Contemplating Jesus


Posted on by Lucinda M. Vardey


When Jesus walked upon the sea shore of Galilee and called some fishermen to follow him, Peter, Andrew, James and Johns’ lives were changed forever.  This was because they immediately acted upon Jesus’ invitation.  The gospel of Matthew  (4:18-22)  reported that they dropped their nets, dropped their old way of doing things, to enter an extraordinary life of learning, witnessing and living in the Spirit of God, and eventually laying the foundation for Jesus’ world heritage.  Such a life purpose could have been easily missed in that split second if they had kept to their day’s agenda.  Jesus confronted the problem of not being ready to drop everything in two incidents.  One was when a disciple responded that he had to first bury his father.  Jesus retorted, “Follow me, and leave the dead to bury the dead,” (Matthew 8:21/22).   In other words, take the opportunity when it comes and let others step in and care for the details needed to be left behind.  The second incident was in Luke 9: 59-62 when a person asked to first go and say good-bye to the people at home.   Jesus’ response to this was “Once the hand is laid on the plough, no one who looks back is fit for the kingdom of God.” 

There is little doubt that these two people were genuine in their desire to do exactly what Jesus required, but they had just one thing of their own to do first.  Jesus clearly states that an opportunity for radical new life with him disallows the chance to pack one’s bags.   His is a journey where all needs are met through faith alone.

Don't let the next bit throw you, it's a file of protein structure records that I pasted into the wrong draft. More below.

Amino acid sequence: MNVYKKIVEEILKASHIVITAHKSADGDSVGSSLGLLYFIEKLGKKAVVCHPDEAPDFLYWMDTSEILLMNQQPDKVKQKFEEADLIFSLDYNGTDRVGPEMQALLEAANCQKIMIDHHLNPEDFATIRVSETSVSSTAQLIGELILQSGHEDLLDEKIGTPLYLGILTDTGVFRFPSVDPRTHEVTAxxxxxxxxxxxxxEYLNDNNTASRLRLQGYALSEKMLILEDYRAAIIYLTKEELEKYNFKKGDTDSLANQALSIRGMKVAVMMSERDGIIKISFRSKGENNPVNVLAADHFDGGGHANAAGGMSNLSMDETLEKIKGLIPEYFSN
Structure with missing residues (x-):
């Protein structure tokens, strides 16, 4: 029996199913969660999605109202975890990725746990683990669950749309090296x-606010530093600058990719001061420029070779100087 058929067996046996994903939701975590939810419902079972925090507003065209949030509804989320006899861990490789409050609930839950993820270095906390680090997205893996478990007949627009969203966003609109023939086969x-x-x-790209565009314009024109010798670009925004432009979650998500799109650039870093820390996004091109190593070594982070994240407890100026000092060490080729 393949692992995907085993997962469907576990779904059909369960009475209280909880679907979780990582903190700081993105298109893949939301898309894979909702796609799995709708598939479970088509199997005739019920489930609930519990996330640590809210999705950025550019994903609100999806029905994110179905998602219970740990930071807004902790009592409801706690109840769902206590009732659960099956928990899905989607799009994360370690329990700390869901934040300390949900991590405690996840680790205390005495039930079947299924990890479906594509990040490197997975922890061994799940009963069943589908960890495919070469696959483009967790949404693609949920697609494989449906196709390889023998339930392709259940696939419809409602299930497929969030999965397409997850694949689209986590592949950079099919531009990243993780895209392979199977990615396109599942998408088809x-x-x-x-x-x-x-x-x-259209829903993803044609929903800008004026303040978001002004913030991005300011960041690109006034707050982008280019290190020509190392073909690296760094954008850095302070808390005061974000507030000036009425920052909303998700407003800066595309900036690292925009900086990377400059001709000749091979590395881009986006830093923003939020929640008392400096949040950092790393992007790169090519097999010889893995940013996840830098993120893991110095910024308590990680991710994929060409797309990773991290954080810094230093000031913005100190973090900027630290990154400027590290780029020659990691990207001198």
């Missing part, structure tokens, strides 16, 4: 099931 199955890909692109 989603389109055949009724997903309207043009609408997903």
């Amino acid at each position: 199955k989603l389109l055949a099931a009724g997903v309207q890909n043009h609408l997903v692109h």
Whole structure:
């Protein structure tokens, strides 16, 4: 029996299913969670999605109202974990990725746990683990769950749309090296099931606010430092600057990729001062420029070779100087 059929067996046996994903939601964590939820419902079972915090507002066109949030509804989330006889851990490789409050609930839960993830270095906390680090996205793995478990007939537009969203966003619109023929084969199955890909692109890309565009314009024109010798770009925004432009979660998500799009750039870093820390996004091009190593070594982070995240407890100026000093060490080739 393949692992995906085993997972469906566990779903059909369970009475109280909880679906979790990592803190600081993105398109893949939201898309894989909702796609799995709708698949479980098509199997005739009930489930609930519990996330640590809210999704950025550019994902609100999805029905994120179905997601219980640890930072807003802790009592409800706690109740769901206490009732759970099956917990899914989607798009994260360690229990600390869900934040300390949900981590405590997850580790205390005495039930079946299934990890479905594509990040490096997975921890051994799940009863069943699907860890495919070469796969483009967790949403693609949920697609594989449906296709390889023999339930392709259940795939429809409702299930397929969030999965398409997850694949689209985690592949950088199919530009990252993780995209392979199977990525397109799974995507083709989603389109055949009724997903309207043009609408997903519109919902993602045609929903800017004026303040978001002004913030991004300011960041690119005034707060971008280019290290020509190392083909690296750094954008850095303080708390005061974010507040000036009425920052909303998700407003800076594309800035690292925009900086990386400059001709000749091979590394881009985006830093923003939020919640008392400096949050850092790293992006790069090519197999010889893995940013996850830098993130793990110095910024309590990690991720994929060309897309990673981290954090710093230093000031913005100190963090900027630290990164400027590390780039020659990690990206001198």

Two other stories spring to mind to expand upon his message.  There’s Lot, to which Jesus also called attention in Luke  17:32.  Lot’s family were instructed by angels to flee their home before the destruction of Sodom and Gomorrah. “Do not look back….or else you will be consumed.” (Genesis 19: 15-26).   When on their way to safety, Lot’s wife, who was behind him, looked back and was changed into a pillar of salt.   Similarly, in the ancient Greek myth of Orpheus, the legendary musician, poet and prophet — whose efforts to retrieve his deceased wife from Hades were successful –was also instructed to not look back.   When he and his wife set foot in the upper world, like Lot, Orpheus was ahead of his wife who looked back, only to be returned to Hades forever.    

For those who don’t look back, Jesus assures responsibilities.  When he made Peter the rock for his Church and gave him “the keys of the kingdom of heaven” Jesus also assured him that “the gates of Hades will not prevail against it.” (Matthew 16:18).

Going through Hades after his death, Jesus did not look back on his way to his resurrection. Moving forward is part of his call to fully and spontaneously follow him, to be an active participant in the life he guides and desires for our futures.

“Those who lose their life for my sake will gain it.”   (Mark 8:35).   

This entry was posted in The Life. Bookmark the permalink.